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Changes on the horizon for castration and tail docking of lambs

The sheep sector in Scotland will be forced to critically examine if and how it performs castration and tail docking of lambs in the future according to Animal Health and Welfare Policy Manager Penny Middleton. 

While the Government must recognise the recommendations from a recent welfare report, NFU Scotland is adamant that it must not ignore the need for support and development to step up and facilitate the sheep sector to change from current practices. Penny writes: 

The Animal Welfare Committee’s recent report heavily criticises the lack of progress related to castration and tail docking for the welfare of lambs since its previous 1994 and 2008 reports. The Animal Welfare Committee (AWC) is an animal welfare advisory body to the Department of Environment, Food and Rural Affairs (Defra). 

Its previous recommendations, made in 2008, included the need for:

  • increased use of anaesthetic and pain relief in castration and tail docking; 
  • research into alternative methods and; 
  • approval of suitable products for pain relief in sheep. 

At the time, the report recognised the issue's complex nature and called for governments to support developing new methods and products. 

The current AWC report blames the lack of progress in delivering the 2008 report recommendations firmly on Government. AWC believes that the Government failures to provide incentive, or a requirement to change, has enabled inaction through the failure to support development for alternatives. AWC continues to endorse its previous view that ‘castration and tail docking, as currently practiced, causes welfare harm that includes immediate and ongoing pain.’ 

AWC believes the Government can no longer justify current castration and tail docking practices and must amend legislation in line with current scientific knowledge. The devolved administrations should simplify the legislation and given the movement of sheep across GB, align legislation across regions. 

Due to the lack of progress, AWC has put down a marker recommending that amended legislation come into force by 2028 at the latest. AWC does recognise the work needed to incentivise and support new farming practices and develop new methods of tail docking and castration. It considers that five years should be sufficient for administrations to put the necessary infrastructure and legislation in place. 

We have seen two new products developed in recent years. The Numnuts system which delivers anaesthetic whilst applying a standard rubber ring and the ClipFitter system, which applies a clip, providing similar pain reduction as achieved using a Burdizzo-type castrator. Both systems look like they will deliver welfare improvements, however, the Government must support further development of best practice around how and when industry should use them more widely.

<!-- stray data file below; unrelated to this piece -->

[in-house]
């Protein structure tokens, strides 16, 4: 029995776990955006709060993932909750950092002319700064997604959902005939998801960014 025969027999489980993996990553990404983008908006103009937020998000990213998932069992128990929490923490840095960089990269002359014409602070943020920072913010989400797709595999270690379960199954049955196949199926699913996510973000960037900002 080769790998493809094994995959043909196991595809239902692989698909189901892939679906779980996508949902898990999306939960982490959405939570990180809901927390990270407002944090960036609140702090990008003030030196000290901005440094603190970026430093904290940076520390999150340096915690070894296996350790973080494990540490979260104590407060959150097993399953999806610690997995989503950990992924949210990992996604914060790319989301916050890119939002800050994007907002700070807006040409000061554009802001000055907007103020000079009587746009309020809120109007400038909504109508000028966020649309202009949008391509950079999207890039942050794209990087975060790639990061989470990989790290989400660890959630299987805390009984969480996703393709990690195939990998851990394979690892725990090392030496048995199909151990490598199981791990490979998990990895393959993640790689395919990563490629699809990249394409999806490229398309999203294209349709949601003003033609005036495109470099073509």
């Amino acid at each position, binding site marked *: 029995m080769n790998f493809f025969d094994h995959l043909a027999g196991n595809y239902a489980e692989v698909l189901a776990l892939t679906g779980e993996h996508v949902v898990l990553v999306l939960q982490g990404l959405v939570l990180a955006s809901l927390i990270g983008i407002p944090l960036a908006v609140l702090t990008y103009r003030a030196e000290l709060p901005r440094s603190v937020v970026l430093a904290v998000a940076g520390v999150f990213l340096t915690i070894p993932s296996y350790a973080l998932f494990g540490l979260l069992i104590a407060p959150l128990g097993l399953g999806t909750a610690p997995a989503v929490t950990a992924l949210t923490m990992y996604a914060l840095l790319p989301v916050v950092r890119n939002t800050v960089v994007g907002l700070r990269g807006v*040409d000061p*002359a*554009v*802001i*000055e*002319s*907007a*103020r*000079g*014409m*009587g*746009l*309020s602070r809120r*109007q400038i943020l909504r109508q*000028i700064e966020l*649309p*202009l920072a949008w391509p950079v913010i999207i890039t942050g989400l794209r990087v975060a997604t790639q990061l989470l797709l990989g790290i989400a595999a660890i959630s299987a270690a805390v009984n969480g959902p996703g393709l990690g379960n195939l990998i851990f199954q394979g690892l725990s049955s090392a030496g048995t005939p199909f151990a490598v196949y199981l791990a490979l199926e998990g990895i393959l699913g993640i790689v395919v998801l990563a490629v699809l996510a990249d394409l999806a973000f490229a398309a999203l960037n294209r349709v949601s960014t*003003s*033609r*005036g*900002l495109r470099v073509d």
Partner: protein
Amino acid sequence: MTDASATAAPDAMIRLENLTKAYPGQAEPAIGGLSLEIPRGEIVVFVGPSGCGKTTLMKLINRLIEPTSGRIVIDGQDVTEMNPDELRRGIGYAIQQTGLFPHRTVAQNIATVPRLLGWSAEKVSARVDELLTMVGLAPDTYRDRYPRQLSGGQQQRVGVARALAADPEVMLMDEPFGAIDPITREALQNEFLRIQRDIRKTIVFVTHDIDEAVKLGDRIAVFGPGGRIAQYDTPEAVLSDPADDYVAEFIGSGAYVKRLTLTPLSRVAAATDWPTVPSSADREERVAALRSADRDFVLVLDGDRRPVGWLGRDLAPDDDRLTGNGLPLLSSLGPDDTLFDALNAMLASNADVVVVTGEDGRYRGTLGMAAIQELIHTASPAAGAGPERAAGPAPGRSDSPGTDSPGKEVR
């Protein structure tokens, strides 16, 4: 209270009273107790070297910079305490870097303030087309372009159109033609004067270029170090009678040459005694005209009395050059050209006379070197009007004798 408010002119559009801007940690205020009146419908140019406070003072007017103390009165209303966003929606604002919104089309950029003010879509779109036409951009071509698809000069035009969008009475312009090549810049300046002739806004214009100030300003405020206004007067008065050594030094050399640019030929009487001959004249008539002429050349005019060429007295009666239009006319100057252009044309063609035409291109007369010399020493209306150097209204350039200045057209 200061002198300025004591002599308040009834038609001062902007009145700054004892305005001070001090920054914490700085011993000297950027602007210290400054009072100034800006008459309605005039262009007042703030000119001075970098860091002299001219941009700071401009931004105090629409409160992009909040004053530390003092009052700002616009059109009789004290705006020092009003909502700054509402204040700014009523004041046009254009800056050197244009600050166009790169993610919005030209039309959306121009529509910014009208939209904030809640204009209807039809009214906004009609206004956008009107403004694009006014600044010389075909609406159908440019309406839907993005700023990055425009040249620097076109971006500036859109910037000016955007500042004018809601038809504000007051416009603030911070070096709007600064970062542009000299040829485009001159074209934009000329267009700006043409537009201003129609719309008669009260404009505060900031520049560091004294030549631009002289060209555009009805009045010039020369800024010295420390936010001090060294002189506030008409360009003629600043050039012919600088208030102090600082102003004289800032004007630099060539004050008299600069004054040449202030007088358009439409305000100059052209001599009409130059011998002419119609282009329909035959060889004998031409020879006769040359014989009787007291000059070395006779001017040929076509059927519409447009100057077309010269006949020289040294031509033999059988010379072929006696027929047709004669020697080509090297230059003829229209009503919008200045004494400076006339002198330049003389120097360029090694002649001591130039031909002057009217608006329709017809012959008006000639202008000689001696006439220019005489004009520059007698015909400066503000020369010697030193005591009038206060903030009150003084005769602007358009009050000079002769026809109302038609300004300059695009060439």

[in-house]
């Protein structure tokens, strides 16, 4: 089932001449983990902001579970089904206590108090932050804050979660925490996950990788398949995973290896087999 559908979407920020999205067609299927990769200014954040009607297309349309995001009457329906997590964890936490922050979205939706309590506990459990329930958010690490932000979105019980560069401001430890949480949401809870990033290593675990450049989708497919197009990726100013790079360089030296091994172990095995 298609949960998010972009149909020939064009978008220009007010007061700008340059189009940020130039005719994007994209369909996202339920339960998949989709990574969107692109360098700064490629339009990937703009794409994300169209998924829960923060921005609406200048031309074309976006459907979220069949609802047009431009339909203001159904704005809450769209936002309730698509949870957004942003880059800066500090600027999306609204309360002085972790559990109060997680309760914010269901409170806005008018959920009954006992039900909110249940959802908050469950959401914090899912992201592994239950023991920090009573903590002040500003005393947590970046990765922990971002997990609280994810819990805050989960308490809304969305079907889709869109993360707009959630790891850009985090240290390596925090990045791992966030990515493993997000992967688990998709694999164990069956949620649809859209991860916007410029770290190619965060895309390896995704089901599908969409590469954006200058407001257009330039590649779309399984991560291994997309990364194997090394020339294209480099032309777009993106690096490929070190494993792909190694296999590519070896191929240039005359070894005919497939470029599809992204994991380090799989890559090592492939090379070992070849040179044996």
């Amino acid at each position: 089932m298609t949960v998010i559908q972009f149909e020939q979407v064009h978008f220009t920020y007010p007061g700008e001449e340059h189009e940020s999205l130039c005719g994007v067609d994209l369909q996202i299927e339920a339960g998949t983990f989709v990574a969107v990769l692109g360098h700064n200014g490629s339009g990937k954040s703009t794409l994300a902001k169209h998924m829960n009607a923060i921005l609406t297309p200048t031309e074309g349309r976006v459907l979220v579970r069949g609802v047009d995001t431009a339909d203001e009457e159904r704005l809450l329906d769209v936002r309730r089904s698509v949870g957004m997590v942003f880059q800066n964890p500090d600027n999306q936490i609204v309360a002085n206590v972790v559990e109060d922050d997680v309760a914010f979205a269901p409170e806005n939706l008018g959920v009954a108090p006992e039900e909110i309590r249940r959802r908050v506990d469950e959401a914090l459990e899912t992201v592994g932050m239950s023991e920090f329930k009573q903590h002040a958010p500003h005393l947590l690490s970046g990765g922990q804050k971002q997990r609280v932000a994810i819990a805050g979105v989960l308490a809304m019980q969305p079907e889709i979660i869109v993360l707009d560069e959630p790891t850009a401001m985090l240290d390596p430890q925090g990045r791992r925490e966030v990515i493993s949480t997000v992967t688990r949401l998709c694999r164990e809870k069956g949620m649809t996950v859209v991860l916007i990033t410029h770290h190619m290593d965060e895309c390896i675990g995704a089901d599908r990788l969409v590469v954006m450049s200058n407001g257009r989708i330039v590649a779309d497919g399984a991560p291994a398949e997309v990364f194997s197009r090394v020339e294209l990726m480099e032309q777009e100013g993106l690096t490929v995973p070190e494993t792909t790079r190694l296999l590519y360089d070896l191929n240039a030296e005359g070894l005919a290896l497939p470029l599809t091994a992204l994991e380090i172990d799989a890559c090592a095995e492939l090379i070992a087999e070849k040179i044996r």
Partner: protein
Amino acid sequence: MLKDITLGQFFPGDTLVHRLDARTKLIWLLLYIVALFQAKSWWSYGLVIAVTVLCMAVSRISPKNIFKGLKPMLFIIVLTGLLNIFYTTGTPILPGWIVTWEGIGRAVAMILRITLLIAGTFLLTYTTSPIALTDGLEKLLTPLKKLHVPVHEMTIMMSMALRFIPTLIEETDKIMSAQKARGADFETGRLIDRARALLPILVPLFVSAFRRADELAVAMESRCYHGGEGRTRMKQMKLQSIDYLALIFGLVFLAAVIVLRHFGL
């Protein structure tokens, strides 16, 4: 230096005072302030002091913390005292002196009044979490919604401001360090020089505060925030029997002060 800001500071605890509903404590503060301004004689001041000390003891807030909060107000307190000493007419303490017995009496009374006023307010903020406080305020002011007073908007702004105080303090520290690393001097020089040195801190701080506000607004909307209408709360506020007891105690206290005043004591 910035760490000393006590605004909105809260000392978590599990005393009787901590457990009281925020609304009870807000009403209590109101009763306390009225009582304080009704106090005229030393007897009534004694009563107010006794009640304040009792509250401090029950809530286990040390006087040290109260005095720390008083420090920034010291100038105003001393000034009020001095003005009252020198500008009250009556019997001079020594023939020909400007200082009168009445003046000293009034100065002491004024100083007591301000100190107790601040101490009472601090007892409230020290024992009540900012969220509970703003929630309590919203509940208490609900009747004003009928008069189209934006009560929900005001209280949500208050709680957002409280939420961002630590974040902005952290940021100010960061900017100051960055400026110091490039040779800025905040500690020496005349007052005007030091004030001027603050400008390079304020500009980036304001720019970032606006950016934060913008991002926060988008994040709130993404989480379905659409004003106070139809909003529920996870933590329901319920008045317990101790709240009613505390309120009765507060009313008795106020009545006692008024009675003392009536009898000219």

Both options are more costly than the traditional use of rubber castration and tailing rings and even if scale of production brings prices down, it is unlikely they will match rubber rings for affordability and convenience. 

It will be difficult for the devolved administrations to ignore the recommendations of the AWC and its proposed deadline of 2028. Changes have been on the horizon since before the millennium, but the complexity and necessity of both processes for the industry have meant little progress, and it looks like the Government will now be unable to avoid change. 

These report recommendations would effectively prohibit the use of rubber bands, without anaesthesia and pain relief, at any age. Legislation may permit producers to use devices like ClipFitter because it results in significantly less pain. 

Either way, the sheep sector in Scotland will be forced to critically examine if and how they perform castration and tail docking. 

NFUS will engage with the Government, highlighting the need for practical and affordable options for castration and tail docking, as both remain essential for sheep production in Scotland. 

We will continue to underline how our members and wider industry need support to transition to new systems. While the Government must recognise the recommendations from the report, it must not ignore the need for support and development to step up and facilitate the sector to change. 

Author: Penny Middleton

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About The Author

Penny Middleton

Although city born I have always had a strong interest in animals and the countryside. I have a Master’s degree in Livestock Production from the University of Aberdeen and spent some additional time doing research work some of which necessitated working on farm with livestock. I worked as an Inspector for the Scottish SPCA for a number of years before taking over more detailed work for them on legislation, lobbying and training before moving to my current role within NFUS.

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